It's not like they all spend 24 hours a day at the gym or adhere to a secret routine. (There are a wide variety of effective methods for building muscle, including low reps with a heavy weight, high reps with a lighter weight, straight sets, supersets, and so on. To put it another way, there is no "best."
Furthermore, it's not because they're using illegal substances to boost their abilities. (There are plenty of ways to bulk up without resorting to drugs, as any drug-free bodybuilding competition can attest.)
The Problem with Bulking and Cutting
When most people decide to bulk up, they go through a period of excessive eating and training. You may know it as "bulking."
A few weeks or months later, they swap places. They may begin to feel insecure as a result of their increased size. Also, they may be self-conscious about their expanding waistlines. They reduce their calorie intake and switch up their workout routine to shed extra weight. We call this stage "cutting."
Most people cycle between these two points of no real progress: bulking and cutting. Why? For the simple reason that starting a new phase continuously undoes the progress made in the previous one.
We've discussed Set Point Theory here on our website. An attachment to one's weight makes it difficult to lose or gain that weight. You discussed its relevance to slimming down in our previous article. It contributes to the difficulty of losing weight and keeping it off.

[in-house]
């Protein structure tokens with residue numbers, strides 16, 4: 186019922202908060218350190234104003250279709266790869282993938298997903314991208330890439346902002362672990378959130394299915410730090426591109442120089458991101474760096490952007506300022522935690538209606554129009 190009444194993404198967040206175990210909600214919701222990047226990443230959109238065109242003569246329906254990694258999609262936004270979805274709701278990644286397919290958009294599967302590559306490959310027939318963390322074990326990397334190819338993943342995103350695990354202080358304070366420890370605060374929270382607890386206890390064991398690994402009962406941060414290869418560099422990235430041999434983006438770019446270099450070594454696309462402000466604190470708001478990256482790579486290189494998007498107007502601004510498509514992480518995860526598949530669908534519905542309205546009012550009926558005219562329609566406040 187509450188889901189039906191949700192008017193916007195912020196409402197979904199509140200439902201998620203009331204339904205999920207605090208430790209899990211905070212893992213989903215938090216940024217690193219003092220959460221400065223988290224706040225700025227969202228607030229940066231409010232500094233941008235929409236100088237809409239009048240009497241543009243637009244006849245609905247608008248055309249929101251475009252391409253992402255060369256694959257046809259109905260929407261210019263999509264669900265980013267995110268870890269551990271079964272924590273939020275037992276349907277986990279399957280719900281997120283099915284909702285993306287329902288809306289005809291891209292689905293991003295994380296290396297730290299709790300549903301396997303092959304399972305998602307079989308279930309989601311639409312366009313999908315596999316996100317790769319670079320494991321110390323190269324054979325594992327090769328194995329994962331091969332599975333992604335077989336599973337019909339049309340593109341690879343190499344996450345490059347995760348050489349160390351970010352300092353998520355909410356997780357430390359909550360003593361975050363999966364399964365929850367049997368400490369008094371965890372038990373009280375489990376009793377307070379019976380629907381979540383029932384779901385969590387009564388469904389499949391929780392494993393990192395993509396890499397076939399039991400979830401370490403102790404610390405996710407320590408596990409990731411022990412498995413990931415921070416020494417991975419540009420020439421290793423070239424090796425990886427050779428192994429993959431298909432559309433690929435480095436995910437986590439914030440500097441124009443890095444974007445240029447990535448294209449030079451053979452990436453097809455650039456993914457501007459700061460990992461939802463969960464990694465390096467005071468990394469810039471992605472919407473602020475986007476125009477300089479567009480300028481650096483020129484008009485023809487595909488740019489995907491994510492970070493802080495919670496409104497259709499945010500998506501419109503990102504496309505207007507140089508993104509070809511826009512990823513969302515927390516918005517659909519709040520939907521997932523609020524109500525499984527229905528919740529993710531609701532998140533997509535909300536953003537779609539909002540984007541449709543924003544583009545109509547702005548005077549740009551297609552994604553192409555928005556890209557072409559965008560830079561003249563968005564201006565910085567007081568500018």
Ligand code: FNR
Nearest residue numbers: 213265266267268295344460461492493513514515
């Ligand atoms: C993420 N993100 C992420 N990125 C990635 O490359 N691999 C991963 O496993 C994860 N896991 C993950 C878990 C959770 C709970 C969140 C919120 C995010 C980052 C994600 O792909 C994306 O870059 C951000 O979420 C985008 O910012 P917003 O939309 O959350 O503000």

For Total Calories Per Day
If you only have time to exercise once a week, multiply your goal weight by 10. The multiplier rises by one for every weekly training hour over the recommended minimum. You would need to consume around 2,600 calories per day if you had bulked up to 200 pounds through rigorous training (4 hours per week). That total can be divided among as many or as few meals as you like (two, three, four, five, whatever).
Subtract the calories you get from protein and fat from your daily total, and then divide the result by 4 to get your recommended daily intake of carbohydrates. Keeping with the example until this point, if you had 2,600 calories and subtracted 800 from protein and 900 from fat, you would be left with 900 calories to allocate to carbohydrates. That's 225 calories worth of carbs per day if you divide it by 4.
Your maintenance phase may last anywhere from a few months to a few years, but you should plan for the long haul. Why? Because, once more, you intend for this to become your norm.
Muscle development is a long-term process, not something you should think about in terms of days or weeks. Those with the most muscle and bulk are the ones who stick with training for years on end.